September 12, 2012
by Rana Tahir '13
Lawrence Breitborde, dean of the College and vice president of academic affairs, encouraged Knox College students to push beyond their cultural perceptions during the Opening Convocation ceremony on Monday, September 10.
"It may be hard, but we should not view ourselves as educational tourists," Breitborde said as he delivered the Convocation Address for the start of the 2012-2013 academic year.
In speaking about the educational "tourist," Breitborde, a professor of anthropology, referred to a term used by University of Chicago classicist James Redfield to describe people who view the world through their own "culturally shaped lenses." They choose not to immerse themselves in someone else's culture.
Breitborde, who plans to step down as dean in 2013 after 18 years in that position, stressed what he considered a crucial point of the "Knox experience."
"Knox promotes learning through both study and through experience," he said. If students engage "responsibly, constructively, and humbly with the full campus," they can "learn more than any text, film, exhibit, or performance could provide on its own."
To illustrate his remarks, Breitborde shared personal anecdotes from his experience of living and conducting cultural anthropology research in Liberia.
In one of the anecdotes, he and his wife had just arrived in the unfamiliar country in the 1970s, and they asked where they could find a place to eat. They were advised to walk out of their hotel, turn right, and keep walking.
"It was noisy, it was crowded," he said. Maneuvering in the middle of a crowded street filled with strangers, Breitborde recalled, seemed like "the longest walk of my life." After eating, they returned to their hotel.
In the morning, Breitborde was surprised to find that the restaurant was only half a block away.
Confronted by his own "deeply rooted pre-conceptions," Breitborde said he learned just how hard it was to integrate into a new setting with new and different people. "Willing as I was to shed my cultural lenses, it wasn't so easy," he told the Knox audience in Harbach Theatre.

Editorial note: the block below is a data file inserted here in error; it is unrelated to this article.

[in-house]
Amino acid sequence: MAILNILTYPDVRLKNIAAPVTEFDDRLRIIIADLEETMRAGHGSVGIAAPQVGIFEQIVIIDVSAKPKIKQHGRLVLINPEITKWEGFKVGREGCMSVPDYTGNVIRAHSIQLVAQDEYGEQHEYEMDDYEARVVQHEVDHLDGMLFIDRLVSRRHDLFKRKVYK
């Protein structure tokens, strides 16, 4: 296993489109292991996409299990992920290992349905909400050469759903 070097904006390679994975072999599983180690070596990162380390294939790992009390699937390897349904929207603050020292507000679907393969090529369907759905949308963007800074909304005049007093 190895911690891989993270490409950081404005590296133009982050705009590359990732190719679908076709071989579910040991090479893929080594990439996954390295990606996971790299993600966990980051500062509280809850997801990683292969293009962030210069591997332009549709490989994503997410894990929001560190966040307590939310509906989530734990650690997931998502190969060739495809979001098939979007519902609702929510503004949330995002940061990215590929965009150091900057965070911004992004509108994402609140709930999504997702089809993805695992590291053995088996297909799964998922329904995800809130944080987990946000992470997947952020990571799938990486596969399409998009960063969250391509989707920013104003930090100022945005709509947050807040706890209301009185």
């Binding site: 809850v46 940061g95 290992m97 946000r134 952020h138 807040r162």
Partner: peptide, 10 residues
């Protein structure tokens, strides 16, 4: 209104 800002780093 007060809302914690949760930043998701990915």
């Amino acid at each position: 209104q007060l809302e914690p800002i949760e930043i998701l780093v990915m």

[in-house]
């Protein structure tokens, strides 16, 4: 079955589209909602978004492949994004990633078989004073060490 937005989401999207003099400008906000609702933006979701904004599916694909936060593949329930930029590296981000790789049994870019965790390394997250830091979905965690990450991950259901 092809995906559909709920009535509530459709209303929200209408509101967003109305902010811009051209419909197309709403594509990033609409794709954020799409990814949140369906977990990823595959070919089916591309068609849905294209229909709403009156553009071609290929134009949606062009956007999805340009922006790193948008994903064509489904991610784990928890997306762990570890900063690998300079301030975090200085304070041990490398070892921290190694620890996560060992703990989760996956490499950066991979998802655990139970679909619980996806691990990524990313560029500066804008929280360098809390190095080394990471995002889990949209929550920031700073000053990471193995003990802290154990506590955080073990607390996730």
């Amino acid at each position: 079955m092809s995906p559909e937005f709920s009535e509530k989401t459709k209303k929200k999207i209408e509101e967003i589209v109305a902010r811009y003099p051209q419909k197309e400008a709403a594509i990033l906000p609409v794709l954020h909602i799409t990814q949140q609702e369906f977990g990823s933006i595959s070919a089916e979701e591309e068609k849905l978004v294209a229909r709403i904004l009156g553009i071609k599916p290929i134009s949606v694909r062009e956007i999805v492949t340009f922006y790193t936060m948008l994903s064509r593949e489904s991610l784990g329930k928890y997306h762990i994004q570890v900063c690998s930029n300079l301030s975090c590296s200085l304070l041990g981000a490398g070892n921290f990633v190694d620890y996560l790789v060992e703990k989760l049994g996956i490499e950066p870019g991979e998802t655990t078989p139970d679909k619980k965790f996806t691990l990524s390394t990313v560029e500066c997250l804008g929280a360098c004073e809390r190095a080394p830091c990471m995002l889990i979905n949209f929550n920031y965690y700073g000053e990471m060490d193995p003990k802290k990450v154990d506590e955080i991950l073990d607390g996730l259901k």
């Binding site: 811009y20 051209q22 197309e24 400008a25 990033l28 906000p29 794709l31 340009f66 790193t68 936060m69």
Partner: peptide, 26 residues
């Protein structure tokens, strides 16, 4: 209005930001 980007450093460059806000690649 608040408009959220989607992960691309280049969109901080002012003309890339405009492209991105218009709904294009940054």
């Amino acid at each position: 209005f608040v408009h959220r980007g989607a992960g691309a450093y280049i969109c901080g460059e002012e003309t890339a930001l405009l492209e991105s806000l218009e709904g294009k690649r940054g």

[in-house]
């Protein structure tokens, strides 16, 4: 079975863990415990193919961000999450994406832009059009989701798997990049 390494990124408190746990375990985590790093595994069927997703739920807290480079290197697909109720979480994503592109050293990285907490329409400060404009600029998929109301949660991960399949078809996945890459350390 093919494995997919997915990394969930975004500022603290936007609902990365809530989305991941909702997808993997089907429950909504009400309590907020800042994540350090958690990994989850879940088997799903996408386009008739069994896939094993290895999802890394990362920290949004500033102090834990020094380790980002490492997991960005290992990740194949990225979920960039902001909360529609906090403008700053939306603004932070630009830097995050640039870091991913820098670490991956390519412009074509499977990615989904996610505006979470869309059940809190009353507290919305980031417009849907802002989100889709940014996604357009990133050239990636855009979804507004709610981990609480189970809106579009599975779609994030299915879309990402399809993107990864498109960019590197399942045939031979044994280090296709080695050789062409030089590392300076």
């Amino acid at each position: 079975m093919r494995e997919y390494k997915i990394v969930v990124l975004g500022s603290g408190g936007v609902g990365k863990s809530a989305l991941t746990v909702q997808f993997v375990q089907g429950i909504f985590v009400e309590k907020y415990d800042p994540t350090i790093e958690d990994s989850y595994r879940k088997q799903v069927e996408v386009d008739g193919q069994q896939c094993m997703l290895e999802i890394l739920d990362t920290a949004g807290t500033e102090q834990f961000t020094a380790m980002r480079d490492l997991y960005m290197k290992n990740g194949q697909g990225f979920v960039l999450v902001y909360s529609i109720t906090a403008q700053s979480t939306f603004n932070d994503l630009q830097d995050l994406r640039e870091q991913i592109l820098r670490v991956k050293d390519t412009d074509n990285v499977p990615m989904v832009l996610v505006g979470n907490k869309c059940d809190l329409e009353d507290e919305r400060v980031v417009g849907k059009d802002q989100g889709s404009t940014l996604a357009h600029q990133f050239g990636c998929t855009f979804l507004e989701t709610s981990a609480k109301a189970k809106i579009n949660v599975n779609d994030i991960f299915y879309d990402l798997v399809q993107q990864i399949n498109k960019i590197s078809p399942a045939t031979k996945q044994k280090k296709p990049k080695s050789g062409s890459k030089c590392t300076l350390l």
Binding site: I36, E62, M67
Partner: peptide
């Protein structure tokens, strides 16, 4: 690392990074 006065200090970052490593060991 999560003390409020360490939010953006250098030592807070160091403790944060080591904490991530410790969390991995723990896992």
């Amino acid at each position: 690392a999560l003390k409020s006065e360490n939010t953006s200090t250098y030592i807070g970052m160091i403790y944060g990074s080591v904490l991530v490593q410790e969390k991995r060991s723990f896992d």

Knox students have a choice, he said. "You can approach your education here as a tourist, or you can dig in experientially and really learn."
Breitborde offered a few hints on how students can avoid becoming educational tourists and "embrace true learning" instead:
In other Opening Convocation remarks, newly elected Chair of the Knox College Board of Trustees Dushan (Duke) Petrovich '74 shared how Knox changed his life. "Things have changed since 1970," he said. "The one thing that hasn't changed is the Knox experience."
Petrovich said Knox College changed him when a Knox professor pulled him aside as an undergraduate and told him to "really go for it, and not limit yourself."
Petrovich eventually became president of the Wm. Wrigley Jr. Company, which makes Extra, Orbit, and other gums and confections.
Knox College President Teresa Amott urged students to be particularly engaged as the elections approach for United States president and other elective offices.
"You will need to mobilize every critical skill you have," she said. "In an election year, there is no better place to be than a liberal arts campus."
Student, faculty, and staff awards also were presented during the Opening Convocation ceremony.
Breitborde presented the Philip Green Wright/Lombard College Prizes for distinguished teaching. An award is usually given to one non-tenured and one tenured faculty member.
Associate Dean Lori Haslem introduced the newly inducted members of Phi Beta Kappa, the nation's oldest honor society based on academic excellence in liberal arts and sciences. This year's inductees were seniors John Cusimano of Tinley Park, Illinois; Sienna Cittadino of Carbondale, Illinois; Katherine Miller of Toledo, Ohio; and Elizabeth Drake of Chesterfield, Missouri. (Photo at right: The Knox College Choir performs at the 2012 Opening Convocation.)
The Elbridge Pierce Prize for scholastic improvement was given to junior Emily Tyl of Downers Grove, Illinois. The Faculty Scholarship Prize was awarded to seniors Anna Meier of Omaha, Nebraska, and John Cusimano of Tinley Park, Illinois.
The Janet C. Hunter Prizes for outstanding service to the Knox community are given to one salaried staff member and one hourly staff member. This year's salaried staff award was given to Tianna Cervantez '06, director of multicultural student advisement. The hourly staff award was given to Barbara Stevenson, a custodian in Knox's Building Services Department. (Photos below: Tianna Cervantez at left, Barbara Stevenson at right.)